JR: ". . . his Pastor should meet with him, instructing him about the Church's teaching, informing him that he is not to present himself for Holy Communion until he brings to an end the objective situation of sin, and warning him that he will otherwise be denied the Eucharist. When 'these precautionary measures have not had their effect or in which they were not possible,' and the person in question, with obstinate persistence, still presents himself to receive the Holy Eucharist, 'the minister of Holy Communion must refuse to distribute it.'"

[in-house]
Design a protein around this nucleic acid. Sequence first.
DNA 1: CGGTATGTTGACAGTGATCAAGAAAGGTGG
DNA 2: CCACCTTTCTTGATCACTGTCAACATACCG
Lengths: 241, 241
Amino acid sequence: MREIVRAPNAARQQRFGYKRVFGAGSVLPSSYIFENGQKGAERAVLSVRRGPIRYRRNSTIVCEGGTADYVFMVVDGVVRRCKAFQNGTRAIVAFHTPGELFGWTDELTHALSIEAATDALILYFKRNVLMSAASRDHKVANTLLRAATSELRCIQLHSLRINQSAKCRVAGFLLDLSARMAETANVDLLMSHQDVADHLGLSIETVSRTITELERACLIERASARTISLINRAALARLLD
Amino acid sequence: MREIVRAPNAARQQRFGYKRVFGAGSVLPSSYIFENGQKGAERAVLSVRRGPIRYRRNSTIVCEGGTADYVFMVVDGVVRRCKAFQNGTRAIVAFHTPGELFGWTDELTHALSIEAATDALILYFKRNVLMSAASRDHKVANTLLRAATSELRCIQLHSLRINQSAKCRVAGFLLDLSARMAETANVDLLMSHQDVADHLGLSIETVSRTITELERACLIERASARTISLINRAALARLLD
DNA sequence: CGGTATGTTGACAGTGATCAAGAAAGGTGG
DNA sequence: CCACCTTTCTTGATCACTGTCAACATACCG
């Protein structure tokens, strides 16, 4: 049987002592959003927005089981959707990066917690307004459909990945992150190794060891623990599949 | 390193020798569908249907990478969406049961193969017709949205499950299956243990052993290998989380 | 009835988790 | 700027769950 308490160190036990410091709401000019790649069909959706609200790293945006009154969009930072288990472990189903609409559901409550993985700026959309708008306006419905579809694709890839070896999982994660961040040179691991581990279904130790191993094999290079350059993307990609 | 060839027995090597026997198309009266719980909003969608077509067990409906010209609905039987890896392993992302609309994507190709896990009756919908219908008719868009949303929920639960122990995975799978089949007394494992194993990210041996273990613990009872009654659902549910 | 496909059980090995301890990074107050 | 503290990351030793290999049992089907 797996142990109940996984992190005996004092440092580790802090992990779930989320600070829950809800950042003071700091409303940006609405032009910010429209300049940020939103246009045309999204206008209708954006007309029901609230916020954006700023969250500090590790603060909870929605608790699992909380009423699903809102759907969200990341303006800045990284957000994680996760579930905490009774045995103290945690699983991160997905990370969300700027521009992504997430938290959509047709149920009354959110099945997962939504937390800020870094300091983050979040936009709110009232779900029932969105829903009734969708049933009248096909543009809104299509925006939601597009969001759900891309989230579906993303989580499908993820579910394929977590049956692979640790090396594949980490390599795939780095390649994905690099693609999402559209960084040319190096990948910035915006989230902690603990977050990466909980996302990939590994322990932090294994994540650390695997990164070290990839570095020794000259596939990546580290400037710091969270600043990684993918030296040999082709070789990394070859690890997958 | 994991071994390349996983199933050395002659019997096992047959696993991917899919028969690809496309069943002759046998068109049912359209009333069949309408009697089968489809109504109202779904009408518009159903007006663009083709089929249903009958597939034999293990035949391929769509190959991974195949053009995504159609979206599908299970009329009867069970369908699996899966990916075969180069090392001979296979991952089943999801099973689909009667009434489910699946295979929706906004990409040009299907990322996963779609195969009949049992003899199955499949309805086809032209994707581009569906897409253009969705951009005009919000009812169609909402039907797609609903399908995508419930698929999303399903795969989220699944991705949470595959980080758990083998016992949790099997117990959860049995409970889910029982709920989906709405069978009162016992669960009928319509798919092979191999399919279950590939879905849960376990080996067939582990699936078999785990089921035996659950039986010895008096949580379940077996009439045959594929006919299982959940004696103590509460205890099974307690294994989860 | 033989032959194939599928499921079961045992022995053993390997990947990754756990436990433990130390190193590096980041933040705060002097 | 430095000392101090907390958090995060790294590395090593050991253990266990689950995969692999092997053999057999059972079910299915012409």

Here is the crux of the disagreement, with regard to the bishop's course of action once 'precautionary measures' with said Catholic politicians have proven ineffective. McCarrick paraphrases Ratzinger as suggesting a warning that "they should not present themselves for Holy Communion." Ratzinger, in fact, after stating this, went further and advised "warning him that he will otherwise be denied the Eucharist," with the consequent statement that, if he again presents himself, the minister "must refuse to distribute it." The proposals are as different as night and day. Although McCarrick adds, almost as an afterthought, that "there are circumstances in which Holy Communion may be denied," this is posited only as a theoretical possibility, apart from the concrete situation of the bishops' admonishment of the Catholic politician. Ratzinger does not suggest this as a theoretical possibility; for him it is the normative course of action for a bishop who is put in this situation. Another difference: McCarrick states that, in this situation, "a warning must be provided." Ratzinger, however, explicitly allows for a situation in which precautionary measures "[are] not possible." What sort of situation this would be is difficult to imagine, but it is notable that McCarrick leaves it out entirely.